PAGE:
Applications will be accepted beginning Sept. 12 for Career Development Award (K01) grants, which help emerging independent health services research investigators prepare for careers focusing on the quality, safety, efficiency, equity and effectiveness of health care. This AHRQ program provides support and "protected time" for an intensive, supervised health services research career development training experience. Applicants must have a research doctoral degree (Ph.D., Sc.D., Dr.P.H. or other research doctorate). Application due dates are October 12, 2016, and February 12 and June 12, 2017. Access the funding opportunity announcement to learn more.
Memorial Sloan Kettering Cancer Center in New York City uses AHRQ’s Patient Education Materials Assessment Tool to help ensure that health information is presented in ways that are understood and used by patients of varying backgrounds and levels of health literacy. Access the case study.
Access to care among nonelderly veterans. Bernard DM, Selden TM. Med Care 2016 Mar;54(3):243-52. Access the abstract in PubMed®.
Access to care for youth in a state mental health system: a simulated patient approach. Olin SC, O’Connor BC, Storfer-Isser A, et al. J Am Acad Child Adolesc Psychiatry 2016 May;55(5):392-9. Epub 2016 Mar 4. Access the abstract in PubMed®.
A qualitative study of vulnerable patient views of type 2 diabetes consumer reports. Longo DR, Crabtree BF, Pellerano MB, et al. Patient 2016 Jun;9(3):231-40. Access the abstract in PubMed®.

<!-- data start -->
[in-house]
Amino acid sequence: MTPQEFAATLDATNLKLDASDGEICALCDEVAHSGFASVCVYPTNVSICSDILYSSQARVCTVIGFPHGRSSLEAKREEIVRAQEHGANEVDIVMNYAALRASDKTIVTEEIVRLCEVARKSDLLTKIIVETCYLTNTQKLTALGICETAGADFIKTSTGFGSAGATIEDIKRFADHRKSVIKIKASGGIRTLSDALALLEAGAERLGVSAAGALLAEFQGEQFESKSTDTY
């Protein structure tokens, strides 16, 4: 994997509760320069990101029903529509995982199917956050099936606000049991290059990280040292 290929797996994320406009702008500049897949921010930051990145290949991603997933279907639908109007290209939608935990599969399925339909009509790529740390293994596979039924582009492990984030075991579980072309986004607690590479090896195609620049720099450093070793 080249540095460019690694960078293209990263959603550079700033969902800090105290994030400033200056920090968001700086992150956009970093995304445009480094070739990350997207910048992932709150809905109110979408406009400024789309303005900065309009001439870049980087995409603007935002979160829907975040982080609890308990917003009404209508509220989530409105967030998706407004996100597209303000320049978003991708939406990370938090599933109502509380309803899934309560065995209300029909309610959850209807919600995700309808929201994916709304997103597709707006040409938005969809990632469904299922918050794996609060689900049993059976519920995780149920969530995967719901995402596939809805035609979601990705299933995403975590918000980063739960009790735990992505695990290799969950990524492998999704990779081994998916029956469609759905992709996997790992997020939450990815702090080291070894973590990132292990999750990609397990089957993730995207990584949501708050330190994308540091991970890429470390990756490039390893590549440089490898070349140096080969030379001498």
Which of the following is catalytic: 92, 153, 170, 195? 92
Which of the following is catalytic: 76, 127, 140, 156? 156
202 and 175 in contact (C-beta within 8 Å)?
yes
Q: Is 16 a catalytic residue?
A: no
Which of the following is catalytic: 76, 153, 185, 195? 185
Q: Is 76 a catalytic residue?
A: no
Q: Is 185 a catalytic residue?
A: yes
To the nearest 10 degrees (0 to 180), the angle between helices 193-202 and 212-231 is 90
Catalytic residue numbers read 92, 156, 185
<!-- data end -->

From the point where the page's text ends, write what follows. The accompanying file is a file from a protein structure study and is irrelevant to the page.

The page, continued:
Hospital readmission rates in U.S. states: are readmissions higher where more patients with multiple chronic conditions cluster? Basu J, Avila R, Ricciardi R. Health Serv Res 2015 Oct 20 [Epub ahead of print]. Access the abstract in PubMed®.
Recognizing differences in hospital quality performance for pediatric inpatient care. Berry JG, Zaslavsky AM, Toomey SL, et al. Pediatrics 2015 Aug;136(2):251-62. Epub 2015 Jul 13. Access the abstract in PubMed®.
Determinants of Medicare plan choices: are beneficiaries more influenced by premiums or benefits? Jacobs PD, Buntin MB. Am J Manag Care 2015 Jul;21(7):498-504. Access the abstract in PubMed®.
Unresolved pain interference among colorectal cancer survivors: implications for patient care and outcomes. Kenzik K, Pisu M, Johns SA, et al. Pain Med 2015 Jul;16(7):1410-25. Epub 2015 Mar 20. Access the abstract in PubMed®.
Trauma with injury severity score of 75: are these unsurvivable injuries? Peng J, Wheeler K, Shi J, et al. PLoS One 2015 Jul 31;10(7):e0134821. eCollection 2015. Access the abstract in PubMed®.
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Page originally created May 2016